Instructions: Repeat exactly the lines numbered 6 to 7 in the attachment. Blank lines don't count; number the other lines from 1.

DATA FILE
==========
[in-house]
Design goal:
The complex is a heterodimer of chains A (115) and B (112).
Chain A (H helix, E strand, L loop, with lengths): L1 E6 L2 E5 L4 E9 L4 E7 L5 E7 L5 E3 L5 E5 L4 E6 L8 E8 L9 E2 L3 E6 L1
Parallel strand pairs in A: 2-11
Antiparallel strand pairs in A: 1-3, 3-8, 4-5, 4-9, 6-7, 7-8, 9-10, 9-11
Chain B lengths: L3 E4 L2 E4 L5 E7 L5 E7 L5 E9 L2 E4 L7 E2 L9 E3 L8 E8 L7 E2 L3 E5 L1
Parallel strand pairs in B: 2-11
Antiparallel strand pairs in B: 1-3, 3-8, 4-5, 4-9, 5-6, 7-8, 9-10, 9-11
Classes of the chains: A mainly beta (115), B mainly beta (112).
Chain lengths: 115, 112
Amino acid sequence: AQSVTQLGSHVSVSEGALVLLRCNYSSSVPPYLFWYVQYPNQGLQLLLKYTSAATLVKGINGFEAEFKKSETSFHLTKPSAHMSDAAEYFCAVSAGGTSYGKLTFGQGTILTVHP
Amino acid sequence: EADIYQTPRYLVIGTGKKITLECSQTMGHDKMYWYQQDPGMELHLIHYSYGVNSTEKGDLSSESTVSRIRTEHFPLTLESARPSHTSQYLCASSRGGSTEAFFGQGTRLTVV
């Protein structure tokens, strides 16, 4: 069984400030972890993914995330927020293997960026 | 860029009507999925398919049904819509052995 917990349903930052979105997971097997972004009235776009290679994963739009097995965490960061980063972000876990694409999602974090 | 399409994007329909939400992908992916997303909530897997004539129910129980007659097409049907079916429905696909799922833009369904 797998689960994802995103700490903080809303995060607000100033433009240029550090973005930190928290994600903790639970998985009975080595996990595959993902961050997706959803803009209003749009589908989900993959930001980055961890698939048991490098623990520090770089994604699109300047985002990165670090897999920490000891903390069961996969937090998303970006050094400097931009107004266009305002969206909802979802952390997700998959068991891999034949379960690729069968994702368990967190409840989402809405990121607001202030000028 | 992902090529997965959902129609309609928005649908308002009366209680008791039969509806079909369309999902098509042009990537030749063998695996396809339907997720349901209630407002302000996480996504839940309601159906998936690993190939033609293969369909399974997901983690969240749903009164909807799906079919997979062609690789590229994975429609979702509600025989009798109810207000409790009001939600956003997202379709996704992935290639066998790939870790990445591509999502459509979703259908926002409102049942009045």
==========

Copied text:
Antiparallel strand pairs in A: 1-3, 3-8, 4-5, 4-9, 6-7, 7-8, 9-10, 9-11
Chain B lengths: L3 E4 L2 E4 L5 E7 L5 E7 L5 E9 L2 E4 L7 E2 L9 E3 L8 E8 L7 E2 L3 E5 L1